This week I have chosen the topic of age.
In the course of the last weeks and months I have been confronted with various situations where the topic has fallen on my feet.
Until recently single and making various “acquaintances”, I asked myself why it is actually “standard” in our society that men is (should be?) older then women?
In my job application training, where meet people of different ages and help them through the application process, I repeatedly have people in their mid-50s in front of me who, after more than 30 years, have been thrown onto the job market due to restructuring or company shut downs and are now having a hard time getting back to work. They are “too old”, “too expensive”, “no longer able to work under pressure”.
What about the work experience they hold?
Don’t they deserve the higher salary due to loyal service, dedication and 30 years of advancement?
In terms of resilience, what about the serenity and composure they bring which they have gained over the years? Isn’t level-headed, unexcited action and reaction just as valuable as physical resilience?
(Hmm, just now it occurs to me that the topic seems to be evaluated differently in politics, if we take a look at the heads of state worldwide …).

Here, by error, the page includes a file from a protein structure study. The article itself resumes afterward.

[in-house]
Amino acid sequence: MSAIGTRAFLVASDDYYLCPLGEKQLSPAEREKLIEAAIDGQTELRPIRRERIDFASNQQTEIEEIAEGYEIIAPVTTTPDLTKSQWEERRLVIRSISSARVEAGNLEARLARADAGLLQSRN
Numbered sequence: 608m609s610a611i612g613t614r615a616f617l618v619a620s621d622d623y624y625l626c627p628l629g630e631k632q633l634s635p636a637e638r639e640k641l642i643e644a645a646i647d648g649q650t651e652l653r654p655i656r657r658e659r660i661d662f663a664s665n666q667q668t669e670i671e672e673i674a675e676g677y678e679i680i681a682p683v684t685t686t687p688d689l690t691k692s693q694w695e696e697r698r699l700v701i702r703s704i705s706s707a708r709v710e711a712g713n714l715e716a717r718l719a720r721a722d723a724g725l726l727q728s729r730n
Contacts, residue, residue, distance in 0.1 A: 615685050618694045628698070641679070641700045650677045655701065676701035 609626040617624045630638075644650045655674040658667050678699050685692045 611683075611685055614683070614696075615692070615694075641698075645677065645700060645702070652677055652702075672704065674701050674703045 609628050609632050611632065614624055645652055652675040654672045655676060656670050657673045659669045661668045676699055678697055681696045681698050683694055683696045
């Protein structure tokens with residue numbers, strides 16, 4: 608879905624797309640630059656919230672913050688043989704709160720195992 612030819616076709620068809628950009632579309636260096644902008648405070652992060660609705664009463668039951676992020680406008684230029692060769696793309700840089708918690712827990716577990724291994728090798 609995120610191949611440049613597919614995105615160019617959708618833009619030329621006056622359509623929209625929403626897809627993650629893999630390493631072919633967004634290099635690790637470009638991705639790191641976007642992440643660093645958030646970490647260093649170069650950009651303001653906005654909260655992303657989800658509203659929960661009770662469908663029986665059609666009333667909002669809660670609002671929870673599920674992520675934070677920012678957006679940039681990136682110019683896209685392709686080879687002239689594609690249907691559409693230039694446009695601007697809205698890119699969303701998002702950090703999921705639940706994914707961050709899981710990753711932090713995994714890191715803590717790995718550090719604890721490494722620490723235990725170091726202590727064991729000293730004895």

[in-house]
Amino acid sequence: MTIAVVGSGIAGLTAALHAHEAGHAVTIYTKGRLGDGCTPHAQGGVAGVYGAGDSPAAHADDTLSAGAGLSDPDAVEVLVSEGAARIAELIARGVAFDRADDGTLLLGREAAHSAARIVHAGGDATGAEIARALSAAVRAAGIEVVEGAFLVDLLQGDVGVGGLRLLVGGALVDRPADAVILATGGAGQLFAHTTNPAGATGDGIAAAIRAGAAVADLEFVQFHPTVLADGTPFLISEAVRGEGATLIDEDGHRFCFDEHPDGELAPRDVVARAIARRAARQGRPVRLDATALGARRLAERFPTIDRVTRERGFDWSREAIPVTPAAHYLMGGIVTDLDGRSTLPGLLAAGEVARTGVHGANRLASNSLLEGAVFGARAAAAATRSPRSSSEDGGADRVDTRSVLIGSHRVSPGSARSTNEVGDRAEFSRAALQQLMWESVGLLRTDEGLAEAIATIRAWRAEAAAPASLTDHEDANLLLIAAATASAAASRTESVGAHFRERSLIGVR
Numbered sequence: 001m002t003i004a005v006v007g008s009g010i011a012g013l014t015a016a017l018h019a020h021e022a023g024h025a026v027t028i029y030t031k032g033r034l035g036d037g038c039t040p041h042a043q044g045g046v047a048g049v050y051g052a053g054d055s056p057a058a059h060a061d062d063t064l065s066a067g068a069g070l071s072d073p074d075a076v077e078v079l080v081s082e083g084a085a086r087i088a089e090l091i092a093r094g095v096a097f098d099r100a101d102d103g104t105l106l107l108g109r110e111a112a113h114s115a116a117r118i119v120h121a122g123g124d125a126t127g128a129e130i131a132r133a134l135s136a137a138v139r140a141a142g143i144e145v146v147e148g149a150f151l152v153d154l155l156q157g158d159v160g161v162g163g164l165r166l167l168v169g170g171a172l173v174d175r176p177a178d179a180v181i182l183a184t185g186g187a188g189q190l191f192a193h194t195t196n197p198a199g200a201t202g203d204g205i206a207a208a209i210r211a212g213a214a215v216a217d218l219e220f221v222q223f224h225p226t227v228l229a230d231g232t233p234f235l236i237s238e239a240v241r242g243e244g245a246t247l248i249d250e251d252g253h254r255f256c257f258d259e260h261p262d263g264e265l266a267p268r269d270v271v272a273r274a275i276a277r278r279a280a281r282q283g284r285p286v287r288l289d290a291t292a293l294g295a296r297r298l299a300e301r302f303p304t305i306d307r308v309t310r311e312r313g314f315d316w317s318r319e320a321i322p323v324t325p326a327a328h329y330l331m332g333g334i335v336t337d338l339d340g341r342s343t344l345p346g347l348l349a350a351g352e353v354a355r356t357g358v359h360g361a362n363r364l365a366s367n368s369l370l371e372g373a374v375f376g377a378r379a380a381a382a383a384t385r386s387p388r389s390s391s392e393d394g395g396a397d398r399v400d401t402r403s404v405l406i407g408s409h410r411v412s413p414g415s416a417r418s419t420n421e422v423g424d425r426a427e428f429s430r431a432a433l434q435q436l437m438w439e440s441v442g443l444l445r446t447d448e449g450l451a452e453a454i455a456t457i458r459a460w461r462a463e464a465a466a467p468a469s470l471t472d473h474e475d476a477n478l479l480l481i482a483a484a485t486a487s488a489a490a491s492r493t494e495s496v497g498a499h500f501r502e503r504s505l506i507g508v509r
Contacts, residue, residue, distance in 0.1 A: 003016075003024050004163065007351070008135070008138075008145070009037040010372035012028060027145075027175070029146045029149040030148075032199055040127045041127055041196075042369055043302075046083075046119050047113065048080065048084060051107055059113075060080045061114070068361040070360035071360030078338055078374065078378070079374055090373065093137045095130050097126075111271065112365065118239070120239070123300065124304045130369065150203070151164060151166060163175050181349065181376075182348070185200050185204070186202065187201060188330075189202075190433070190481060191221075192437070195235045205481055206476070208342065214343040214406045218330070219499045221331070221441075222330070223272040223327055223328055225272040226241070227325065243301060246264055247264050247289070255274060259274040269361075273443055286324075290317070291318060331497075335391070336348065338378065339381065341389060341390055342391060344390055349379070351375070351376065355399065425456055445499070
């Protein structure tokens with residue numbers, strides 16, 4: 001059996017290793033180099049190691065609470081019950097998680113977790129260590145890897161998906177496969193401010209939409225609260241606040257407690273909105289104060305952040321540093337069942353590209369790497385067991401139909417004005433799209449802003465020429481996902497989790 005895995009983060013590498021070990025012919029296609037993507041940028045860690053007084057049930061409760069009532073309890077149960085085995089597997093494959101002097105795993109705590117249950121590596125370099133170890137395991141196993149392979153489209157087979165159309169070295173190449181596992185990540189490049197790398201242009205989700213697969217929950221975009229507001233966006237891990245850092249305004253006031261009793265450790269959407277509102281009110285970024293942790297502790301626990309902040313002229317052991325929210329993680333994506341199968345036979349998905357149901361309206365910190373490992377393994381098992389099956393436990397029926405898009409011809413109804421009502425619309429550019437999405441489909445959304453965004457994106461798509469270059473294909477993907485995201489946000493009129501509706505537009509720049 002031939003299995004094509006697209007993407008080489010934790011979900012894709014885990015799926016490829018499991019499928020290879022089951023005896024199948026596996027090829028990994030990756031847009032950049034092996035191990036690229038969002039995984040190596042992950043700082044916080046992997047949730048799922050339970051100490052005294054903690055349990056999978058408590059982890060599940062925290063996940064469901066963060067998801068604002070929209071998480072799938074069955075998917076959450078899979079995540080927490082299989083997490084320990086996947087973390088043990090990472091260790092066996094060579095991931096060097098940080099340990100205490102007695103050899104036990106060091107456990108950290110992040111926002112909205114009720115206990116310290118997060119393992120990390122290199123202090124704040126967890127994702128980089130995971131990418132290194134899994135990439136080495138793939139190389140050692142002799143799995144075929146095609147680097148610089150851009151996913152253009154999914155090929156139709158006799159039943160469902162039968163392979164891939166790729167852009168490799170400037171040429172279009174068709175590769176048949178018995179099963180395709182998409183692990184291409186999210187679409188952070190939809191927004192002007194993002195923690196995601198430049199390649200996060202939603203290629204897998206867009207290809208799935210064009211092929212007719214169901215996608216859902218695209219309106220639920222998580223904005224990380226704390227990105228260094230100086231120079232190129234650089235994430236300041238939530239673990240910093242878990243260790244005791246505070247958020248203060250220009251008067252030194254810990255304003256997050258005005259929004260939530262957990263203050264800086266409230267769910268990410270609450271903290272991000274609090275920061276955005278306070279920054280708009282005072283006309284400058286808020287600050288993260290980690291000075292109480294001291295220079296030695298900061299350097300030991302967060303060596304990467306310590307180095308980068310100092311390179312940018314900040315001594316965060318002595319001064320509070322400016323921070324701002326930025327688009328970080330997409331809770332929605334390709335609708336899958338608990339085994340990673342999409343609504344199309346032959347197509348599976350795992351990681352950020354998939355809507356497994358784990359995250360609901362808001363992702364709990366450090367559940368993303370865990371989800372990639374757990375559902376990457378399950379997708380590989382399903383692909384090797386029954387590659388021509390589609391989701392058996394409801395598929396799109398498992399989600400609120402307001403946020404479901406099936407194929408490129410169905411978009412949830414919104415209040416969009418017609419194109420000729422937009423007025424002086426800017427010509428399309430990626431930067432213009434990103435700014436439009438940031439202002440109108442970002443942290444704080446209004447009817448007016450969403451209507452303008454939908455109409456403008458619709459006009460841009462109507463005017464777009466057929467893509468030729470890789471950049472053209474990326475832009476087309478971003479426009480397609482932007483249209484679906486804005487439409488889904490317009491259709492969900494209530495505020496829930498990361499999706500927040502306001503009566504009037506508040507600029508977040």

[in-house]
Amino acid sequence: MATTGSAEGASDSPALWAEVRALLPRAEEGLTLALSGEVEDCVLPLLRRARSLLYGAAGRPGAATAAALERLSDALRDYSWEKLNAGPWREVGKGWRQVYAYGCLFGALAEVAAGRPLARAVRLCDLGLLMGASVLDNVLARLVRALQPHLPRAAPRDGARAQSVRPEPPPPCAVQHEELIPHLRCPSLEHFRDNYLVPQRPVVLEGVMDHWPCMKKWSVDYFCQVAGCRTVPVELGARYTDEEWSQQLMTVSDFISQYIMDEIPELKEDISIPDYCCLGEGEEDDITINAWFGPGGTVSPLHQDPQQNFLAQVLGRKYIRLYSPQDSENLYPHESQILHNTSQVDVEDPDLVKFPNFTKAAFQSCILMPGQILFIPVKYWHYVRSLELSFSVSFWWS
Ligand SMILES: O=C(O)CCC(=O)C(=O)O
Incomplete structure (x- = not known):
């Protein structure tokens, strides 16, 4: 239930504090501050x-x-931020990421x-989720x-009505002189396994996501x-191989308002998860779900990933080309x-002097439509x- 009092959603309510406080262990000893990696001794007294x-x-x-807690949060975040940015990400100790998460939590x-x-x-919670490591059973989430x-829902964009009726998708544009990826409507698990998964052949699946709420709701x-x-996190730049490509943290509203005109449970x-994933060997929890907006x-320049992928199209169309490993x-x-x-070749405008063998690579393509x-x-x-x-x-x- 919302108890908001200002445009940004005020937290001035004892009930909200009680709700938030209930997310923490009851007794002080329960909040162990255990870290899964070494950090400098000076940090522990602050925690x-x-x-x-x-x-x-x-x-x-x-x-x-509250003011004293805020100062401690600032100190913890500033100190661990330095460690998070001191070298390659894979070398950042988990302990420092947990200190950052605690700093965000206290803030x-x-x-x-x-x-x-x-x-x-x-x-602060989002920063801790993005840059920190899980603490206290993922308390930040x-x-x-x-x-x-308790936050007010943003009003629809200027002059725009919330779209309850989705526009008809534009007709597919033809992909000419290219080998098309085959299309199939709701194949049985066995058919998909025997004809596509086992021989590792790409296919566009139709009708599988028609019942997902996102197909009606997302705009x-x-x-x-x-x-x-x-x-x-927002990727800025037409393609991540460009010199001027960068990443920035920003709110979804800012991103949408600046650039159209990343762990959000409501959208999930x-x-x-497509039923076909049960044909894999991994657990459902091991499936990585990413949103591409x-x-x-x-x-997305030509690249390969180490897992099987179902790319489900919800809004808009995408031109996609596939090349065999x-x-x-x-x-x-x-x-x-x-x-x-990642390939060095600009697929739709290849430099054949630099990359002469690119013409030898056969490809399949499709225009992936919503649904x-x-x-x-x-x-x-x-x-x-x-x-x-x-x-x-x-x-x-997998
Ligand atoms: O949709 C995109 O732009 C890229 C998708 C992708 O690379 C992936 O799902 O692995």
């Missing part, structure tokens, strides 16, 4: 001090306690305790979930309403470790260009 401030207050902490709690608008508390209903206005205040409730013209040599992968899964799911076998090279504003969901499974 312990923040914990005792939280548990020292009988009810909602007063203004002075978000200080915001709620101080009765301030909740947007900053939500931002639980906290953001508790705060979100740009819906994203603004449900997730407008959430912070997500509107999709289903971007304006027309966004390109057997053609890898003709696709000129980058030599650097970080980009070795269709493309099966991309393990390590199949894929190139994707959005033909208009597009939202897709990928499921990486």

At this point I could continue with the fact that there are cultures in which age is valued quite differently. But that would lead too far. Let’s stay in our culture.
That’s when I also remember such sayings as “I’m too old for that” or “at your age, you don’t really wear such colors / long hair anymore.”
And I myself was recently asked during strength training in my sports club by another member how old I was (admiringly).
That’s when I realized that in all aspects I feel much younger, more agile and fit today than I did in my “prime” years.
I have the impression that a lot has already happened and I am very grateful that theoretically everything is possible in our western world.
I can hire a new worker over the age of 60.
I can give a damn about age and follow my heart.
I can still get my body in better shape in my 40s than it was in my early 30s.
I can decide to finally do the studies I’ve always wanted to do in my mid-50s or start my own company in my 70s.
For all “norms” there are also counterexamples. Few.
But more and more. 🙂
If you are like me and you feel hat something is holding you back – check if it is really YOU having a problem with age (no matter in which context) — or if your reluctance has other reasons — socialization, feared reactions of your environment, no experiences – higher risk …
As far as age is concerned, I can say that I have met people at 25 who were older than those at over 60. I have met people who were lifeless – although they were not dead yet.
And I have decided to turn to the people who are young at heart.
That is the standard, the norm that I would like to help shape!
How about you?
Stay young at heart!